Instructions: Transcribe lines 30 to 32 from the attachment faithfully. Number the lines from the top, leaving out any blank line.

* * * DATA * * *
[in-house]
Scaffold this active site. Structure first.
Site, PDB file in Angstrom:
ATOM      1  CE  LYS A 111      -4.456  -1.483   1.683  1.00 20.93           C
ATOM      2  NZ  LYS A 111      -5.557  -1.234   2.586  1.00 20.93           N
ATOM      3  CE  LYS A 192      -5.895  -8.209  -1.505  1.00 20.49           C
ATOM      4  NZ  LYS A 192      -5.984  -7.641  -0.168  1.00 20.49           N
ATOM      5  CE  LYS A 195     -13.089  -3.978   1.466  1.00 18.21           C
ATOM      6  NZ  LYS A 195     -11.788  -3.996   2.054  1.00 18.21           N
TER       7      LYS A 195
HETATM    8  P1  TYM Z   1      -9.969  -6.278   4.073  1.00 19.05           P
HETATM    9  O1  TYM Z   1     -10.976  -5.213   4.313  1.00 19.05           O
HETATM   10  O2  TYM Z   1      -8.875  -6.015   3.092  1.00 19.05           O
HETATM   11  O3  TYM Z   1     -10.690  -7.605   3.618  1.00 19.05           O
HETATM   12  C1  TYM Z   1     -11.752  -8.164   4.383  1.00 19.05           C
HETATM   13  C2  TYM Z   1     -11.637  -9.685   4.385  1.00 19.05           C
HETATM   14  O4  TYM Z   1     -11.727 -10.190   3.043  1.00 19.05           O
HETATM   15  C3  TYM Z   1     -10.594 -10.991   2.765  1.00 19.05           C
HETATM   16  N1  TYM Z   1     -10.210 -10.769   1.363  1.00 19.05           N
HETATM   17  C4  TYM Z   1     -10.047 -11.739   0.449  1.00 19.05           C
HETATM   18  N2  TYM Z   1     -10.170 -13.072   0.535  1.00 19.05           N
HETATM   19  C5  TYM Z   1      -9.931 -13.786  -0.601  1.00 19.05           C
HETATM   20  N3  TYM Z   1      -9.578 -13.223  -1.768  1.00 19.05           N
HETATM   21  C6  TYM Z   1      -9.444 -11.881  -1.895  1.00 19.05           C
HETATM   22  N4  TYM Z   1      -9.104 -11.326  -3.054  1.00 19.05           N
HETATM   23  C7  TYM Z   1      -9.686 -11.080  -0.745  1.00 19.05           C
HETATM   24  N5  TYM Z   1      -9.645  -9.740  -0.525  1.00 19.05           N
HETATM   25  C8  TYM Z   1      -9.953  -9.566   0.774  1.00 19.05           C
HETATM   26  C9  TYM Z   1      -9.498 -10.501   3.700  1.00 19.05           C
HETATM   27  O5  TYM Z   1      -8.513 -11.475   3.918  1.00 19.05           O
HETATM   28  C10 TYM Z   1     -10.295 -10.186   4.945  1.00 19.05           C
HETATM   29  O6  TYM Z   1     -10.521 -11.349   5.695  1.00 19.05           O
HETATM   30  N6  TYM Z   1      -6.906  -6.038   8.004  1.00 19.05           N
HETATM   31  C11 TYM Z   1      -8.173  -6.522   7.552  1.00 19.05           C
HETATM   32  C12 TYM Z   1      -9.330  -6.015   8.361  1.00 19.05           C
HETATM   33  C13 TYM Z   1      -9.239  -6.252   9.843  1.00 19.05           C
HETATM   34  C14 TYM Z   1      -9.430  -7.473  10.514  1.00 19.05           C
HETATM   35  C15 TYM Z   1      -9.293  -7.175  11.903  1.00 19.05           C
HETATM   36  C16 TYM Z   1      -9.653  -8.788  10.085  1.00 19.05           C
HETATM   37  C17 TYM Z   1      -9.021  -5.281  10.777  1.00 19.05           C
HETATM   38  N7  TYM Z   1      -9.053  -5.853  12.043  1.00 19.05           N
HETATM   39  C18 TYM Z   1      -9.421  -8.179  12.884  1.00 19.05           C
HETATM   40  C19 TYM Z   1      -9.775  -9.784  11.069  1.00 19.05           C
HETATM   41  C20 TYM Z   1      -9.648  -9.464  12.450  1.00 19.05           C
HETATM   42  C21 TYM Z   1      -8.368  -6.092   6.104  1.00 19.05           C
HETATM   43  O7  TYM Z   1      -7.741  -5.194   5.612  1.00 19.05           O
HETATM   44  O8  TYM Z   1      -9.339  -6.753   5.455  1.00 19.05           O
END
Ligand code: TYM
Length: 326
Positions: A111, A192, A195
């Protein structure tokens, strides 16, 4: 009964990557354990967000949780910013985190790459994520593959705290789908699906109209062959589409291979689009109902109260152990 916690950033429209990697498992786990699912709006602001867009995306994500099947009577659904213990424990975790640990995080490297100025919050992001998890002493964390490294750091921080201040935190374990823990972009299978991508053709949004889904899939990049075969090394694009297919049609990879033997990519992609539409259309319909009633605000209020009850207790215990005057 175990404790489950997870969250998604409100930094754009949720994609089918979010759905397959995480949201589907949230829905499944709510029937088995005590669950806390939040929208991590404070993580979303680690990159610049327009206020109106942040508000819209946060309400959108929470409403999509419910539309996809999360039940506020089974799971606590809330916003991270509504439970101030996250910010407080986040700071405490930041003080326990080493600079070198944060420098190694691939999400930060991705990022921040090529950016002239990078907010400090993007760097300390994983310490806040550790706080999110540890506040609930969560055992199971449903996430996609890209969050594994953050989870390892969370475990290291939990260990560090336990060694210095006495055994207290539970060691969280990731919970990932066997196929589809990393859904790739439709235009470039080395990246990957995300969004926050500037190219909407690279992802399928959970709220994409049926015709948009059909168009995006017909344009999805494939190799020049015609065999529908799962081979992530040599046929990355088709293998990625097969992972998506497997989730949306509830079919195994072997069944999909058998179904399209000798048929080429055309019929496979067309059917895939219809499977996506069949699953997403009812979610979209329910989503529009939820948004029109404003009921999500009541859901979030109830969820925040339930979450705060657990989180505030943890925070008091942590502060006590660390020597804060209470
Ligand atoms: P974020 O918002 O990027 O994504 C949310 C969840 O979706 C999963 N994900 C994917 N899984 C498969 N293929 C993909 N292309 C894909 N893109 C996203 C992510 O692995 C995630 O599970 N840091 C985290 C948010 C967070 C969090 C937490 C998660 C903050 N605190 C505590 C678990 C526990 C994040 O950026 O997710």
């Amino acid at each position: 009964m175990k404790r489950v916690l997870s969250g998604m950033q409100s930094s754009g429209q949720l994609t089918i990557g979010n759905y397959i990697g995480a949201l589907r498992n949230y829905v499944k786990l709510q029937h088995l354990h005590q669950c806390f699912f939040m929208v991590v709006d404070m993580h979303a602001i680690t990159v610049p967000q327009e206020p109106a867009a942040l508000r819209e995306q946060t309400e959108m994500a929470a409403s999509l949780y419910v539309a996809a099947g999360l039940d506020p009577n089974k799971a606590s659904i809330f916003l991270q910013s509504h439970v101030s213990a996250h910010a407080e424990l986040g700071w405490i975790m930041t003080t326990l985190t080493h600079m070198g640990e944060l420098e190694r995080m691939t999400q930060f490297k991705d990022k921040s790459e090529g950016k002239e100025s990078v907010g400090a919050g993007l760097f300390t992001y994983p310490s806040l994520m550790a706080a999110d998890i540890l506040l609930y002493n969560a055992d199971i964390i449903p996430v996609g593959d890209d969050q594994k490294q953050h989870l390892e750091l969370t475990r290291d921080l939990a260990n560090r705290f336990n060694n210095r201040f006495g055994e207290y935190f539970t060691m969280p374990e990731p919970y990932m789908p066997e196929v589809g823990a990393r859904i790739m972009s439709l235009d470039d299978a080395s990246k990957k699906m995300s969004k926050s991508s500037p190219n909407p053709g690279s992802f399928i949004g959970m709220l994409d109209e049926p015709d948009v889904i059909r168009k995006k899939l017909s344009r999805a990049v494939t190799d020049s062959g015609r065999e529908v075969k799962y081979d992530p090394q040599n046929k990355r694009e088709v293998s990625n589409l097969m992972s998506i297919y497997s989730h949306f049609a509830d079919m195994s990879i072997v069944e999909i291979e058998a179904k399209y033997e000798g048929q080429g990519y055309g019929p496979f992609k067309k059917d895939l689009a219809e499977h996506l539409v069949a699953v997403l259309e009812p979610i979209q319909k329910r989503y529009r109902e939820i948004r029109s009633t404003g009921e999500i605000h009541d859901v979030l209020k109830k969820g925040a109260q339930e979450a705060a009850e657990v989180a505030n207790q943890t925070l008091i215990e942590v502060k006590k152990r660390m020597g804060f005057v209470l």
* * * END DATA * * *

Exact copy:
HETATM   27  O5  TYM Z   1      -8.513 -11.475   3.918  1.00 19.05           O
HETATM   28  C10 TYM Z   1     -10.295 -10.186   4.945  1.00 19.05           C
HETATM   29  O6  TYM Z   1     -10.521 -11.349   5.695  1.00 19.05           O